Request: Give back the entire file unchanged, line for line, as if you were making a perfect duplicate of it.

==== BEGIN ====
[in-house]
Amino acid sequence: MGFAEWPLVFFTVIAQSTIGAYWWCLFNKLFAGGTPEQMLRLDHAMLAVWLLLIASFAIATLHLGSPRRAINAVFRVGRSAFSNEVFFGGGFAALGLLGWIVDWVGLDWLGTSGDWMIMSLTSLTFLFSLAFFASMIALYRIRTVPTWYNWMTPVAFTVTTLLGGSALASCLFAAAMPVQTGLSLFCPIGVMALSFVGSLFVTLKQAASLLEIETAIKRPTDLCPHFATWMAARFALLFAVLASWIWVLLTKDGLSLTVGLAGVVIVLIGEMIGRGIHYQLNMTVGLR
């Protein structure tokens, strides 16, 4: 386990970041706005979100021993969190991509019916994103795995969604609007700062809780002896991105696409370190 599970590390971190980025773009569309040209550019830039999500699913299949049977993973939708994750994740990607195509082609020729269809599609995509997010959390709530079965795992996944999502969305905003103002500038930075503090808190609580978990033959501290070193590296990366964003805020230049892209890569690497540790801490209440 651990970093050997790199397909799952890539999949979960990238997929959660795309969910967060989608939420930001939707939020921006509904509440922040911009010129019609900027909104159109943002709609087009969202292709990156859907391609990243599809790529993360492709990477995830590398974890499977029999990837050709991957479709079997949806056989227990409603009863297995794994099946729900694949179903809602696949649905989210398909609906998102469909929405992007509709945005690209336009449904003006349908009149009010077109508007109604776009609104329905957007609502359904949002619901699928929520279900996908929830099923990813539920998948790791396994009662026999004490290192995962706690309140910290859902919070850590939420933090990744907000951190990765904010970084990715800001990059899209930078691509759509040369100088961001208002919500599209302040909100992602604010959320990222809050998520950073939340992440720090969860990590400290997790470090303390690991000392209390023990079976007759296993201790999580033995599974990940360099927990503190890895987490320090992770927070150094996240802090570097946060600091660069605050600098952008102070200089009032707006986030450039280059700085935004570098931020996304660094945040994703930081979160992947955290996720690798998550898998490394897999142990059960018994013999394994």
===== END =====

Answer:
[in-house]
Amino acid sequence: MGFAEWPLVFFTVIAQSTIGAYWWCLFNKLFAGGTPEQMLRLDHAMLAVWLLLIASFAIATLHLGSPRRAINAVFRVGRSAFSNEVFFGGGFAALGLLGWIVDWVGLDWLGTSGDWMIMSLTSLTFLFSLAFFASMIALYRIRTVPTWYNWMTPVAFTVTTLLGGSALASCLFAAAMPVQTGLSLFCPIGVMALSFVGSLFVTLKQAASLLEIETAIKRPTDLCPHFATWMAARFALLFAVLASWIWVLLTKDGLSLTVGLAGVVIVLIGEMIGRGIHYQLNMTVGLR
């Protein structure tokens, strides 16, 4: 386990970041706005979100021993969190991509019916994103795995969604609007700062809780002896991105696409370190 599970590390971190980025773009569309040209550019830039999500699913299949049977993973939708994750994740990607195509082609020729269809599609995509997010959390709530079965795992996944999502969305905003103002500038930075503090808190609580978990033959501290070193590296990366964003805020230049892209890569690497540790801490209440 651990970093050997790199397909799952890539999949979960990238997929959660795309969910967060989608939420930001939707939020921006509904509440922040911009010129019609900027909104159109943002709609087009969202292709990156859907391609990243599809790529993360492709990477995830590398974890499977029999990837050709991957479709079997949806056989227990409603009863297995794994099946729900694949179903809602696949649905989210398909609906998102469909929405992007509709945005690209336009449904003006349908009149009010077109508007109604776009609104329905957007609502359904949002619901699928929520279900996908929830099923990813539920998948790791396994009662026999004490290192995962706690309140910290859902919070850590939420933090990744907000951190990765904010970084990715800001990059899209930078691509759509040369100088961001208002919500599209302040909100992602604010959320990222809050998520950073939340992440720090969860990590400290997790470090303390690991000392209390023990079976007759296993201790999580033995599974990940360099927990503190890895987490320090992770927070150094996240802090570097946060600091660069605050600098952008102070200089009032707006986030450039280059700085935004570098931020996304660094945040994703930081979160992947955290996720690798998550898998490394897999142990059960018994013999394994």